By Tim Borella
People call me a mad old bastard.
They’re right on two counts. I’m pretty sure Ma never walked down any aisle, and I’m old all right. Oh yes. Not crazy, though. It’s just, when you’ve seen what I have — well.
Sitting here on the rotten planks I call my verandah, I see where they dug those big holes looking for me and Flea McAllister, just paddock, scrub and weeds now leading up to the gap where we found the Nothing, a hundred and twenty-seven years ago today.
I do what I can not to let them, but sooner or later those thoughts always creep in and there’s no bottle big enough to force them out again.
This house was new at the time, but even then crooked and cracked, with a dirt floor thumped hard by the butt end of a crow bar. All that’s left from those days is the bricks I resurrected into something like the old chimney. Then I built the rest of it up the best I could, rough logs and fencing wire, and now here it is rotting away a second time and doing a good job of it too. Like me.
Anyway, that day, the day, I said I was going to school and went bush instead, like I did about three days out of five. Mum knew but couldn’t do anything. She couldn’t control me, but was too soft to tell the old man because of the flogging I’d get.
So me, Spud and Robbie McAllister met up in our bushranger hideout, just a clearing in the scrubby, clumpy bushes growing like pimples on the dry hills. Robbie’s little nuisance brother Flea was there too.
“What’d you bring him for?” demanded Spud.
Robbie kicked the muddy brown curve of an old, almost-buried bottle and glowered at Flea.
“Cos he’d dob otherwise.”
Spud couldn’t believe it.
“Why didn’t you just thump him?”
But we all knew Robbie was a bit soft too.
We explored all the places we’d been to a hundred times before, sticks at the ready to whack any rabbit stupid enough to let us get close.
Spud saw the thing first.
I was a few steps behind and almost ran into his back when he stopped like he’d been hit.
“What’re ya …”
Then I saw it too, though seeing’s not the right word. It was more like a shadow — you know it’s there because something’s missing. Where part of the world, the track, bushes and spiky grass, should have been, there was a shimmery grey Nothing instead.
Robbie and Flea were calling but we just stared dumbfounded. Soon they caught up to us and we all stood around gawking.
A soft, penetrating buzz came from it, like blowflies in a meat safe. We walked around it cautiously. From the back, it just wasn’t there. You couldn’t see or hear it, and you could walk along the track from the other side happy as Larry, like nothing was wrong.
Once we’d got over our initial shock, we started going round behind it and doing just that while the others watched us appear out of clean air. It was like someone walking through a waterfall, but without the blurry view of them beforehand — a foot and a hand would come through and then the rest of the person would follow. Spud, always the joker, went round, dropped his pants and stuck just his pimply bum through. We laughed until our ribs hurt.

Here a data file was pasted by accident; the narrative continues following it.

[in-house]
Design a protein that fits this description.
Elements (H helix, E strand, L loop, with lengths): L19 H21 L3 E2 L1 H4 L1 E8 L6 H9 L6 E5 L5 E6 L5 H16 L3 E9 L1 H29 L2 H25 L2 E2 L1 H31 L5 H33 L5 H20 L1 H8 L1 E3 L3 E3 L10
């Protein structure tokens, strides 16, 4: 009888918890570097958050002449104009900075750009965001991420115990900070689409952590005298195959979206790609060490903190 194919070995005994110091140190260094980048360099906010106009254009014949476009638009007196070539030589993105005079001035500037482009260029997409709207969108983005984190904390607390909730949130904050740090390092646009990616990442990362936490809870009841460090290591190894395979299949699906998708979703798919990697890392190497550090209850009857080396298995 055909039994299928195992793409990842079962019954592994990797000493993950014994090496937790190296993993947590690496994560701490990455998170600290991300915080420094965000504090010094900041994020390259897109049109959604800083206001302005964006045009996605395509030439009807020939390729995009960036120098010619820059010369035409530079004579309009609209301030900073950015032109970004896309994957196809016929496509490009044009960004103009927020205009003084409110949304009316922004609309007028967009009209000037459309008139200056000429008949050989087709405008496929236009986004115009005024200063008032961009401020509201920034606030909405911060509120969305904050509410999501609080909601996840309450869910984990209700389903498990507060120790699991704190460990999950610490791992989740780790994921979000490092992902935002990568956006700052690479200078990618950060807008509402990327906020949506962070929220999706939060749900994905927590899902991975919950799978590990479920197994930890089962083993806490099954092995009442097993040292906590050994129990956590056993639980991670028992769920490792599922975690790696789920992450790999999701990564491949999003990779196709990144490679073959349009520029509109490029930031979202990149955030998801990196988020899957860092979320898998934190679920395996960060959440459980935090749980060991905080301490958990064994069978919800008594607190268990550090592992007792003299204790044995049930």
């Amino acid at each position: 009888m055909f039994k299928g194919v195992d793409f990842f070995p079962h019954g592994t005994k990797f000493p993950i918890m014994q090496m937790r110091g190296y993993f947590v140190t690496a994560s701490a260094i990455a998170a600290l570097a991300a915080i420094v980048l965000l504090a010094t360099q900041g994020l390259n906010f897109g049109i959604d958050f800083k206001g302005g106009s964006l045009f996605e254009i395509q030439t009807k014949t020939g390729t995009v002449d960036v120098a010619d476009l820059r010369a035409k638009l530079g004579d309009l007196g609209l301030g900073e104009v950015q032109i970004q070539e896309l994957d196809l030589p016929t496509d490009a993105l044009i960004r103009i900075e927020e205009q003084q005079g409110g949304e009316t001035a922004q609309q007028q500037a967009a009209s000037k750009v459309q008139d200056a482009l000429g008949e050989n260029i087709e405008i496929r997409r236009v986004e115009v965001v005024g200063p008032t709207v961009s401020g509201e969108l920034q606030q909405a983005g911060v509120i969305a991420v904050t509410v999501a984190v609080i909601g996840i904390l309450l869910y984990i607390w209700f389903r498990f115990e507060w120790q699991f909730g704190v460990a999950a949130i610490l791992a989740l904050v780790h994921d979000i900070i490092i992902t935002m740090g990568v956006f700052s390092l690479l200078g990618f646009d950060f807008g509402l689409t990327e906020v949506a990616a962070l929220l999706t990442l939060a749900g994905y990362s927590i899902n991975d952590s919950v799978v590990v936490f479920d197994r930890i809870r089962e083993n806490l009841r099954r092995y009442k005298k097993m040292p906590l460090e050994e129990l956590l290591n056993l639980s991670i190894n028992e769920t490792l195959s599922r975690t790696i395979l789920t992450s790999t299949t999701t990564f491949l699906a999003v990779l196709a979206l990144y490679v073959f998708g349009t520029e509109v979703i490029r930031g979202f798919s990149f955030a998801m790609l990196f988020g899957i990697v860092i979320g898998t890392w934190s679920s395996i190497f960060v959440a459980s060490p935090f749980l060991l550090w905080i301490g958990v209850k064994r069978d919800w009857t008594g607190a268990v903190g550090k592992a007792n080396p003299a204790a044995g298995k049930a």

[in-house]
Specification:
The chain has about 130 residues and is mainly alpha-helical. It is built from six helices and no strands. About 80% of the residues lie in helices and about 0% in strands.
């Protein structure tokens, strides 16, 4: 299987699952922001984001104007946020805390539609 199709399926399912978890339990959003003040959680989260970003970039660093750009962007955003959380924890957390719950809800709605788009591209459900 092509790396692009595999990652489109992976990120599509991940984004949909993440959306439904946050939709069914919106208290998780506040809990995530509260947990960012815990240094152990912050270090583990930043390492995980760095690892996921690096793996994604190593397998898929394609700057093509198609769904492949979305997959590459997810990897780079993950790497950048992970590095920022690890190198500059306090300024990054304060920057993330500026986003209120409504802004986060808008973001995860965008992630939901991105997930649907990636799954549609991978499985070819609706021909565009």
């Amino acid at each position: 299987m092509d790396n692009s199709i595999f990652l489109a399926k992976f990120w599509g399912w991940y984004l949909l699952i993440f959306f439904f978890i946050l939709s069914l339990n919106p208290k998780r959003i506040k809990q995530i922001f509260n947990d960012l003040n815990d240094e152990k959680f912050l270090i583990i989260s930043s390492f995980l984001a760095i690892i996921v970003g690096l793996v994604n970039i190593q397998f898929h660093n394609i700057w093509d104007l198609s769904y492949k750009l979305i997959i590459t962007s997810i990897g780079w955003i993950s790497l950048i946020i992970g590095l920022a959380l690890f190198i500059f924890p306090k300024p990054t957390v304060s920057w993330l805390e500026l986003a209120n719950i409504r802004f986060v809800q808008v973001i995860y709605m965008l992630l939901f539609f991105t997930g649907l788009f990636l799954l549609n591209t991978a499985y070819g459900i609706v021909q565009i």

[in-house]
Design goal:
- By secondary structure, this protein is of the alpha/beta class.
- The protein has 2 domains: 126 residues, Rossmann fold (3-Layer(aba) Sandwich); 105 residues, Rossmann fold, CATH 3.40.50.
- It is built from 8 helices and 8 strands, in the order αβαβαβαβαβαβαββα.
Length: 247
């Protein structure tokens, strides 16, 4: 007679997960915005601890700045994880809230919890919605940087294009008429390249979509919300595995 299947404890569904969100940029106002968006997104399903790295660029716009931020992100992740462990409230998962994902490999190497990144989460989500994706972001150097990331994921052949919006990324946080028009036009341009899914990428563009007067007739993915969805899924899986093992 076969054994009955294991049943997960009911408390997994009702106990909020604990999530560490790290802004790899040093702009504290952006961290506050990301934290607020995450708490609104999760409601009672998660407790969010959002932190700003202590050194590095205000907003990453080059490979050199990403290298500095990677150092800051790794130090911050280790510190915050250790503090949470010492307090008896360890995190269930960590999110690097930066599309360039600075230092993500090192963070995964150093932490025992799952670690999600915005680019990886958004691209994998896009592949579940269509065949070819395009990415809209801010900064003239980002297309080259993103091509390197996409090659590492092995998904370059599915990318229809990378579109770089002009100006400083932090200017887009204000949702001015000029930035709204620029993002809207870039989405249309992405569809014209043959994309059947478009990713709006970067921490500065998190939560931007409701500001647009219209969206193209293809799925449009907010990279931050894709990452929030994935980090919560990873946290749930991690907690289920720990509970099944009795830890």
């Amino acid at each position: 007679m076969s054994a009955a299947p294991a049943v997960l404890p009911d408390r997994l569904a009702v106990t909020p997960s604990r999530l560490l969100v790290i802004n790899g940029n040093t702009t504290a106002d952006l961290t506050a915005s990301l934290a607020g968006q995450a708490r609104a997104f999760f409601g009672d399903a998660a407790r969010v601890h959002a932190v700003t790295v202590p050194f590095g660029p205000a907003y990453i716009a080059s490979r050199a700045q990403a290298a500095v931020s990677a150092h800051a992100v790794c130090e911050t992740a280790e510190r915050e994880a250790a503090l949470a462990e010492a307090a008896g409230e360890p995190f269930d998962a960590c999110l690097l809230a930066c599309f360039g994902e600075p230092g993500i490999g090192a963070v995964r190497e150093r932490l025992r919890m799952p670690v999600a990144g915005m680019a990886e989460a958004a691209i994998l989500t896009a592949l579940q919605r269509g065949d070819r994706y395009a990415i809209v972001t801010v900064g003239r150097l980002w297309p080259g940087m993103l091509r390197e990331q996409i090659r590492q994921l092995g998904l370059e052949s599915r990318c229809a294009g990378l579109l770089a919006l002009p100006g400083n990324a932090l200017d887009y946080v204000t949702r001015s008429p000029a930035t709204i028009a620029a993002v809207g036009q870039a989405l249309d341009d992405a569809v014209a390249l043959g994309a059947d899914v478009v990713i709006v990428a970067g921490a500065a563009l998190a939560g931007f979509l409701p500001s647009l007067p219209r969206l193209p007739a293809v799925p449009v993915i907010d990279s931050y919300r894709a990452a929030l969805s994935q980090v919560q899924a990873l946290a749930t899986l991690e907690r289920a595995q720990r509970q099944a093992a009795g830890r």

Chucking sticks and rocks through was just as funny. We took turns standing round the back looking through while the others threw things as hard as they could into the grey side. You’d see a big stick coming right at you and duck, but instead of reaching you, it’d just – vanish.
Spud got a stick and poked it through very slowly. I was round the back watching, and when the tip of the stick went in, it disappeared too and you could see right inside like it was chopped off. When he pulled it back out, it was as good as new.
Then Robbie found some string in his pocket, so we caught a lizard and tied it up. It didn’t want to go into the unnatural grey thing — who could blame it — but we poked it with a stick until it did, with that little darting movement they do, pushing its head and front legs through the Nothing and then jerking back. Only it didn’t come back, or not all of it. Its front half was just gone, while the rest of it thrashed around in the dirt with blood squirting out. The string, like Spud’s stick, was fine.
After that, we started catching all the lizards we could find and testing them out too, building up a gory little heap of half-lizards writhing around in the dust.
Spud tied one up and threw it right into the Nothing. I thought it’d explode or something, but no – the string just dropped to the ground.
Then it twitched and started to move by itself. We gaped at one another and Spud jerked the string back quickly. The lizard came flying back out and hit him fair in the face.
“Aaah!” he shouted, probably expecting to be covered in lizard guts, but it just bounced off him and dangled on the end of the string with its wide little eyes darting around, apparently none the worse off.
That kicked off a whole new series of experiments, with that lizard and more of his scaly mates flying in and out of the Nothing unharmed — until we got sick of that and fed them half-in again. If they went through in one smooth go, they’d be right, but any stopping and starting, blood and guts.